Reverse Engineer the TM245P Pick and Place

Also known as the NeoDen3. Everyone wants it, several have tried it, let's do it!

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The TM245P is not the greatest machine. It's original software was awful, it had a wildly complicated multi-point matrix factory calibration which is unlikely to be replicated. It also lacked the vision system of the TM245V. The machine itself though, is very stout, very well build, and begging to be revived.

Can it be converted to OpenPNP?

TM245P Overview

This machine consists of an STM32F407 on it's main board, an STM32F301 inside the head unit, unknown control systems in the feeders that all communicate with UART(*unverified) over CAN Bus (SN65HVD230).

There is an additional 'Power and Communication' board but it does not contain and MCU or CAN transceiver.

Code, notes, discussion

Two Paths Forward.

OpenPNP commonly uses the Smoothieboard as the hardware interface. This has been successfully ported to the STM32F4 in the Charmhigh CHMT26VA, which, as stated above, TM245P front unit is also running. This would be ideal and beyond the port itself, would require only translating incoming G-Code to packets to be transmitted over the CAN Bus.

The second path forward is to create a drop-in replacement board for the front unit. As the interface would become OpenPNP this would only require communication over the IDC connector and the LCD/Touch screen would become optional. This would also require Reverse Engineering the protocol or replacing all of the MCUs in the system. Not ideal.

We need the protocol.

Hands down, the best option is to reverse engineer this protocol in an effort to minimize overall work. So far the best guesses are it's UART at ~512kbit/s, 1 start bit, (maybe?) two stop bits, but so far consistently good looking data has yet to come out. This is were you, Dear Reader, come in! Please take a look at the Issues list, particularly this one and please get in touch if there is any way you can help out.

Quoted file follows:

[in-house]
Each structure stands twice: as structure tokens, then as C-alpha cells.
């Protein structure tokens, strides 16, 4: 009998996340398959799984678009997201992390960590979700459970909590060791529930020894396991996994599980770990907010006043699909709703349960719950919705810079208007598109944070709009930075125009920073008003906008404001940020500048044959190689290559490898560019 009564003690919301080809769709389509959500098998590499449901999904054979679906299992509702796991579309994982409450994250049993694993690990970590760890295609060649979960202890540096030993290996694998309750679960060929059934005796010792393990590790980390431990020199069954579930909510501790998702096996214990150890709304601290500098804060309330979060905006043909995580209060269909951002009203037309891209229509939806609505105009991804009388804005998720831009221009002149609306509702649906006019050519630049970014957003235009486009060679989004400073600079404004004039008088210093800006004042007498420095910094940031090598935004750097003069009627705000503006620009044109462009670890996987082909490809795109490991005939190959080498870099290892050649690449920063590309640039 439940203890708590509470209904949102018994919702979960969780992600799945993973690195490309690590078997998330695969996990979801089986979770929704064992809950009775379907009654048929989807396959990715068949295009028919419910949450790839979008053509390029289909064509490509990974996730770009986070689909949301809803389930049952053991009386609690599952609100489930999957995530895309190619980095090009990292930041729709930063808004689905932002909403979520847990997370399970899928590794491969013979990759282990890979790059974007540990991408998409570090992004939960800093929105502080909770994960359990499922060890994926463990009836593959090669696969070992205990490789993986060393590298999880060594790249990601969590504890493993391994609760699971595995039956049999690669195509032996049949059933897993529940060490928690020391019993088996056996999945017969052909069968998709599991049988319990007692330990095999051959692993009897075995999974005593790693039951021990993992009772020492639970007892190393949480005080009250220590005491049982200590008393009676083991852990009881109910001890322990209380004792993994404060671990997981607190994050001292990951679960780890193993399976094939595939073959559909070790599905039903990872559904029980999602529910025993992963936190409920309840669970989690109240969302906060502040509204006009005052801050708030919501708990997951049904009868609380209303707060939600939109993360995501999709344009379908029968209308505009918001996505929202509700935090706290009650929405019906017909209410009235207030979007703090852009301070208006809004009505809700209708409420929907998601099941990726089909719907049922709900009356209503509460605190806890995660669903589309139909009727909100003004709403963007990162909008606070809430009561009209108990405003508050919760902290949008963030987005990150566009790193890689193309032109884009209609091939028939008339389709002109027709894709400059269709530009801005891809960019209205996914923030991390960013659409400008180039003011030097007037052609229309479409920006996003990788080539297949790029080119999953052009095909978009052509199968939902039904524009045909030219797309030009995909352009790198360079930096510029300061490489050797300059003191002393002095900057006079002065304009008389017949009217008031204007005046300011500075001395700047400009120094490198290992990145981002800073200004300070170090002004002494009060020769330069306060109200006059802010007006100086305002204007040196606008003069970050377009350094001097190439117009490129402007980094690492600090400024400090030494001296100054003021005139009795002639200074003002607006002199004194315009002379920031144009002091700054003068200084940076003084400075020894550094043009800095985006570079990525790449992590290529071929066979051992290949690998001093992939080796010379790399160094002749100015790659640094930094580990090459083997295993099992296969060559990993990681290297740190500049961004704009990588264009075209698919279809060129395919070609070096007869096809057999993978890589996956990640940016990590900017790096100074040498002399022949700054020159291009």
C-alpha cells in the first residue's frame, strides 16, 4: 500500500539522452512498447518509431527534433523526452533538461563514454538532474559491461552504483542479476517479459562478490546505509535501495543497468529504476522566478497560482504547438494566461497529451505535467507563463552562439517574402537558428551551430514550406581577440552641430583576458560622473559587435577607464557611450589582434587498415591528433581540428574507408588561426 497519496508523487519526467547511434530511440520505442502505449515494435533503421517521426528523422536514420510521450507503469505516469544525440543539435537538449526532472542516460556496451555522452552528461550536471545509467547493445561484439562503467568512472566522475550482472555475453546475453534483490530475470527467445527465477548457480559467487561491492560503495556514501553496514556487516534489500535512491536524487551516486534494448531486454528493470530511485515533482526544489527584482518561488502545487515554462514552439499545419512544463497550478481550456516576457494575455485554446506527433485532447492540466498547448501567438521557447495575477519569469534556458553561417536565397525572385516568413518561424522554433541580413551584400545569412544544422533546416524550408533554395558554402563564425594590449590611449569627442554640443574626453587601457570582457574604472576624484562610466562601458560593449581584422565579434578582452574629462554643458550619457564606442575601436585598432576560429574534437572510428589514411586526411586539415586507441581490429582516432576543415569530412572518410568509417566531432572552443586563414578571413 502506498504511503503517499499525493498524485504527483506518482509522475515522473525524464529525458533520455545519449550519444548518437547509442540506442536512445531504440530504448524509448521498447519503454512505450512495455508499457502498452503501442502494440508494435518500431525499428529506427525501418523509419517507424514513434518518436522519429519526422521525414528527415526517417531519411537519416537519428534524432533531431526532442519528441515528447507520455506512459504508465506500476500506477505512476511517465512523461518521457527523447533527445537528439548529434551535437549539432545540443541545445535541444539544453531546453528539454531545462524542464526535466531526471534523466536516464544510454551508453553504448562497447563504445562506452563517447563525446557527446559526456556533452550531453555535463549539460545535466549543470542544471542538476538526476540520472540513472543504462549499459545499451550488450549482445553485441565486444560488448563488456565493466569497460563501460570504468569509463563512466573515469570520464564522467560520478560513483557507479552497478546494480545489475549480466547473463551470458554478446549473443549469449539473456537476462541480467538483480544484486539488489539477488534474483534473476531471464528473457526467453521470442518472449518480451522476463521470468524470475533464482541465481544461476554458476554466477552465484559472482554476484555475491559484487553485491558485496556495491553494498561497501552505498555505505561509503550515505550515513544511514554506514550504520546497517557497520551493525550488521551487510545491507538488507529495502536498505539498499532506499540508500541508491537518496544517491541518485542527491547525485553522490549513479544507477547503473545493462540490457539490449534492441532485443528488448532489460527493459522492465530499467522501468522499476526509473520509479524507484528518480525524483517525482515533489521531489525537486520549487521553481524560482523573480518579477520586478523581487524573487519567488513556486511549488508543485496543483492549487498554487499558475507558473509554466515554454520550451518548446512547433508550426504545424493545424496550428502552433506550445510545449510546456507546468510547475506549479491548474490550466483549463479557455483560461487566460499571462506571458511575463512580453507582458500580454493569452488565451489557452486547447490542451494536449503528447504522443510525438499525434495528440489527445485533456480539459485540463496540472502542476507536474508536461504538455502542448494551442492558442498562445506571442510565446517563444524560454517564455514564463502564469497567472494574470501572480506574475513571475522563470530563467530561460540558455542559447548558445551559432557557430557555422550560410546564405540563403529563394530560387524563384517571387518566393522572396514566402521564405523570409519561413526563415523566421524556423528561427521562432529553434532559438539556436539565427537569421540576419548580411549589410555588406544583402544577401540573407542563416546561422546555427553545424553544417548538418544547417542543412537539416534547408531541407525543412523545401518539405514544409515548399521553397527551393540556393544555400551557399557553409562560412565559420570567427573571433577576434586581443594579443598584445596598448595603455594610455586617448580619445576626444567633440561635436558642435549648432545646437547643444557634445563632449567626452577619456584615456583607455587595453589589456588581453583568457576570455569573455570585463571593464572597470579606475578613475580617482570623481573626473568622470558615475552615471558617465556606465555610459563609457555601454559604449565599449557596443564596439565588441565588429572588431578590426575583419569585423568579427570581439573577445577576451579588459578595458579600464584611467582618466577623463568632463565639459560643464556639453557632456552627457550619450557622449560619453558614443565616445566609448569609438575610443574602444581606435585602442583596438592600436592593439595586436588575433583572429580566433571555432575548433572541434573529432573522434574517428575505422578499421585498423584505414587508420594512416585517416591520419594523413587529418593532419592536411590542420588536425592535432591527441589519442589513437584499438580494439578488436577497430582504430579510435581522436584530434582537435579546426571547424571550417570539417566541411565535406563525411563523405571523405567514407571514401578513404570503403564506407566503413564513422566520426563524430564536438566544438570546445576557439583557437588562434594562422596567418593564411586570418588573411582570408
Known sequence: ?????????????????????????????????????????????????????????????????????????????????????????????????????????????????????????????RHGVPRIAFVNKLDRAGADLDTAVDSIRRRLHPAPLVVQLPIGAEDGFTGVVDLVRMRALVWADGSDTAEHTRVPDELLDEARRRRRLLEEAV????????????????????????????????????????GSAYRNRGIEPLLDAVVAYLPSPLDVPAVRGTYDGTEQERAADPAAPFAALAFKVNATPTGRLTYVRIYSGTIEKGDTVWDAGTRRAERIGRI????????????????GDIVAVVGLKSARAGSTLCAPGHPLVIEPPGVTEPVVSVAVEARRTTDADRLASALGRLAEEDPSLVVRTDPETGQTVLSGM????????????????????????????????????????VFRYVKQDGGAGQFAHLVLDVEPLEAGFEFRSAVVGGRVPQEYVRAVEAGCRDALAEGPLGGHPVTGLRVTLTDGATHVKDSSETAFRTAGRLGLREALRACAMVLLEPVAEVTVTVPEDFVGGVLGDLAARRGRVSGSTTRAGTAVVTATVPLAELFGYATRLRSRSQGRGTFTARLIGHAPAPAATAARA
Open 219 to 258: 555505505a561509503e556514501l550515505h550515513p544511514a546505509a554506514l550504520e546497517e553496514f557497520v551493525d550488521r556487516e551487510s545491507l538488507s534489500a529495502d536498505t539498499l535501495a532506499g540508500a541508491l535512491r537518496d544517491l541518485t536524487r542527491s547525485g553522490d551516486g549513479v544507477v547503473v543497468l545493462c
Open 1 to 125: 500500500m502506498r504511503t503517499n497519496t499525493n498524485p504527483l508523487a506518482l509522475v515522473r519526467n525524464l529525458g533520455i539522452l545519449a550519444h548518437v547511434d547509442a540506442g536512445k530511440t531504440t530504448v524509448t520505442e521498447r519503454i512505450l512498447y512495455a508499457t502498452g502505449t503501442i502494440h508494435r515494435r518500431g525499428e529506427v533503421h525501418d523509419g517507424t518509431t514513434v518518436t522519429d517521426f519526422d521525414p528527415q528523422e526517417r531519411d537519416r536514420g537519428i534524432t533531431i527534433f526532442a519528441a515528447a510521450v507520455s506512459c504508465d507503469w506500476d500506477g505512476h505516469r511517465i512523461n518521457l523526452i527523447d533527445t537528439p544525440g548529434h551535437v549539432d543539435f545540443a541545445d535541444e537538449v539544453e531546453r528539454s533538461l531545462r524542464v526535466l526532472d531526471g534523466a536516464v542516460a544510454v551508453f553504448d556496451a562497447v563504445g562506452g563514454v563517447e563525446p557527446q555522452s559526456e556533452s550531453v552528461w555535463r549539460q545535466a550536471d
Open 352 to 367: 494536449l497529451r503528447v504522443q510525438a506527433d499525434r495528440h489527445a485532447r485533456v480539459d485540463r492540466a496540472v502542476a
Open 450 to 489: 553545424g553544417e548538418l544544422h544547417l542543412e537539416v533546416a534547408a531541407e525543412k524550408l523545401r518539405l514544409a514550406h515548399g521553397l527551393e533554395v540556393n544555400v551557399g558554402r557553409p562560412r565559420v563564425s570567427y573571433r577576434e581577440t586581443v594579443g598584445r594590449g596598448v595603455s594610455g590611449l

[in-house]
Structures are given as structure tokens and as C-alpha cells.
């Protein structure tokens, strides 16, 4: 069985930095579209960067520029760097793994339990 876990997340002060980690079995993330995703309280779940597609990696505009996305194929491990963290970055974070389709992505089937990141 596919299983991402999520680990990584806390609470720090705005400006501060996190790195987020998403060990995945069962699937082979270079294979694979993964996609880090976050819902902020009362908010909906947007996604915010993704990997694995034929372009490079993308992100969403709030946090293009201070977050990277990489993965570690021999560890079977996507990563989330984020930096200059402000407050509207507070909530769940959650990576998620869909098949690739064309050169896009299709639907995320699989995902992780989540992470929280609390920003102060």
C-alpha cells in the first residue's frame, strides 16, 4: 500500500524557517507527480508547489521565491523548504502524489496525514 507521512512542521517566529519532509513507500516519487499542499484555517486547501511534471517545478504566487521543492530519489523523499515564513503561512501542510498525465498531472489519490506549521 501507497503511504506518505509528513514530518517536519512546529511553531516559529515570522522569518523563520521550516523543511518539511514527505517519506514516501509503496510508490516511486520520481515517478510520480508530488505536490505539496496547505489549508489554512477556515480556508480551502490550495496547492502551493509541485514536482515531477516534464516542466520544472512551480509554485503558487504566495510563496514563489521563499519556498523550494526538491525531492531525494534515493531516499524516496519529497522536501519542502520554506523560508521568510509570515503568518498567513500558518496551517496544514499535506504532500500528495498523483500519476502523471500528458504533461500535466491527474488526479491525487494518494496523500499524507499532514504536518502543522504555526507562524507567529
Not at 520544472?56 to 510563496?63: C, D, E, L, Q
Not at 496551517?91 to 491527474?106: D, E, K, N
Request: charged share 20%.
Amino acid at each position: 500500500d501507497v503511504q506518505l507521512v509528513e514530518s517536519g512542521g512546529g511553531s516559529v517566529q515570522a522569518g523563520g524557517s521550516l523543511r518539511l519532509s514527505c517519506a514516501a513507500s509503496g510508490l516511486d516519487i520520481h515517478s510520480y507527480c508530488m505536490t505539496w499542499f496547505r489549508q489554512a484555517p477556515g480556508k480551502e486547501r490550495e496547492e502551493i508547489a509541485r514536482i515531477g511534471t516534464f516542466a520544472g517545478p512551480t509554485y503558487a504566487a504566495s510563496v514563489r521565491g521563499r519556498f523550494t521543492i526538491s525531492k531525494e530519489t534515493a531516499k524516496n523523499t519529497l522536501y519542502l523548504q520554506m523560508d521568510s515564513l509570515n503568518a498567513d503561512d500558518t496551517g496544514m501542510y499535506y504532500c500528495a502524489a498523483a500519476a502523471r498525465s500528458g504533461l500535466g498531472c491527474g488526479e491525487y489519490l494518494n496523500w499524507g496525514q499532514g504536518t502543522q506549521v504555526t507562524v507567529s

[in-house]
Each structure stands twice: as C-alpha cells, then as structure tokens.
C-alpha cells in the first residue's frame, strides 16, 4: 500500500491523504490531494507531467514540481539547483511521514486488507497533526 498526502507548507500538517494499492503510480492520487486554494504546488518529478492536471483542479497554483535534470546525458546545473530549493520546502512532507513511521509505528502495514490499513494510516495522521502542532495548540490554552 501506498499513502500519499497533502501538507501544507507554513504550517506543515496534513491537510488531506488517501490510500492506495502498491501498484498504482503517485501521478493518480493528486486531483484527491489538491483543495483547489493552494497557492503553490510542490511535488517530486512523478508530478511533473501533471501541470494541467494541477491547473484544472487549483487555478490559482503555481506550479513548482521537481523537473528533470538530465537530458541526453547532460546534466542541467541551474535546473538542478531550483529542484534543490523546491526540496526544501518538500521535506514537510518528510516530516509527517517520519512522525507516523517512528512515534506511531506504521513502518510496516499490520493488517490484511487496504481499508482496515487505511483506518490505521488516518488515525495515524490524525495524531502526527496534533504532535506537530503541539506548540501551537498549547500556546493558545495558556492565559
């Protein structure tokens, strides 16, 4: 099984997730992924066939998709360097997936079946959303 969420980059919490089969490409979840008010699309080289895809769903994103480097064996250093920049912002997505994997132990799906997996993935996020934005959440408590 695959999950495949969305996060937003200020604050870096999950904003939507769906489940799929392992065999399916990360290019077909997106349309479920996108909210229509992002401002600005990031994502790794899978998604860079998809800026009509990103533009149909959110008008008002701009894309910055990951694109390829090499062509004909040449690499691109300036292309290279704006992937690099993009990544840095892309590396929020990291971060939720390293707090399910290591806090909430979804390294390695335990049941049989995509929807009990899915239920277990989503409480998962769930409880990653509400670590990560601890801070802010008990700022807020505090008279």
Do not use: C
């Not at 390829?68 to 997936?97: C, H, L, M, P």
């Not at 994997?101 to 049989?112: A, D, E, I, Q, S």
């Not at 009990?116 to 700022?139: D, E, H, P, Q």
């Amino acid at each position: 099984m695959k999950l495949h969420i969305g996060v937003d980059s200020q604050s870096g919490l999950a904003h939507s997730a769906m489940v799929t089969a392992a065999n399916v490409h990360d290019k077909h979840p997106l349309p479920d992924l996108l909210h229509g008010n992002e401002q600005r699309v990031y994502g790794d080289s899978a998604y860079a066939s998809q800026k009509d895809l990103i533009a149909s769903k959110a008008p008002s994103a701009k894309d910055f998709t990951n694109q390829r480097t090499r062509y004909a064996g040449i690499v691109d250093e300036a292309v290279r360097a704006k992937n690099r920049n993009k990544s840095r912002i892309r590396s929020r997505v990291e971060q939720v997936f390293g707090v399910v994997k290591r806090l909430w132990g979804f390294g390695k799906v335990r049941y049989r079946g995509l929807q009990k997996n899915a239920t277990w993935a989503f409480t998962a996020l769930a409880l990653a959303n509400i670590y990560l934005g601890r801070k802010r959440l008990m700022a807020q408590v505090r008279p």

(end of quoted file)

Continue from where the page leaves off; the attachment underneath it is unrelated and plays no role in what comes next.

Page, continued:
CSV Values for capture of entire packet or frame

Comma-Separated Values - 34.17 kB - 09/07/2022 at 18:07



CSV Values for capture of a single bit

Comma-Separated Values - 35.72 kB - 09/07/2022 at 18:07


  • What's that UART?

    morgan09/06/2022 at 20:09 3 comments

    The groundwork for getting started on this project was laid out in this 2018 EEVBlog forum post.
    In it, Luiz Renault suggests the data rate is 512kbit/s based on the smallest pulse width. My results before vary slightly but should be in the same range.

    The minimal bit length looks to be ~1.740us, not far off Luiz's 1.960us that can be seen in the scope shot in the second post. So 512kbit/s seems like a reasonable rounding point. Luiz also indicated they were able to decode the data, but not what the content looked like. There was also no indication of byte size, start/stop bits. So more digging....

    The next image is a single frame.
    Yellow is STM32 #PA9 (USART1_TX) <> VP230 #D (input)
    Cyan is STM32 #PA10 (USART1_RX) <> VP230 #R (output)

    Connecting a UART RX pin to the STM TX pin yields some results but things are inconsistent. At 512kbit/s nothing seems to change in the stream when messages are sent, to say, activate a feeder. Instead the same 3 bytes are seen, 0x00, 0xe0, 0xf0. By contrast when I previously thought the baud rate was 460800 I could see a noticeable 'shift' when sending commands. I've tried both 1 or 2 stop bits but cannot notice any change.

    When connecting RXs together to listen to 'return data' only the 0x00 and 0xf0 bytes are seen. When sending commands this time, it seems like that data... might be changing but it's inconsistent, and seemingly no matter which feeder I test the same byes is sent. 0xf8.

    Not sure what to poke next here, I've been looking into using TIOCGICOUNT to check for framing errors, possibly yielding the (in)correct baud rate, but its always returning 0 so unsure if that's even working.

    Looking forward to some suggestions.

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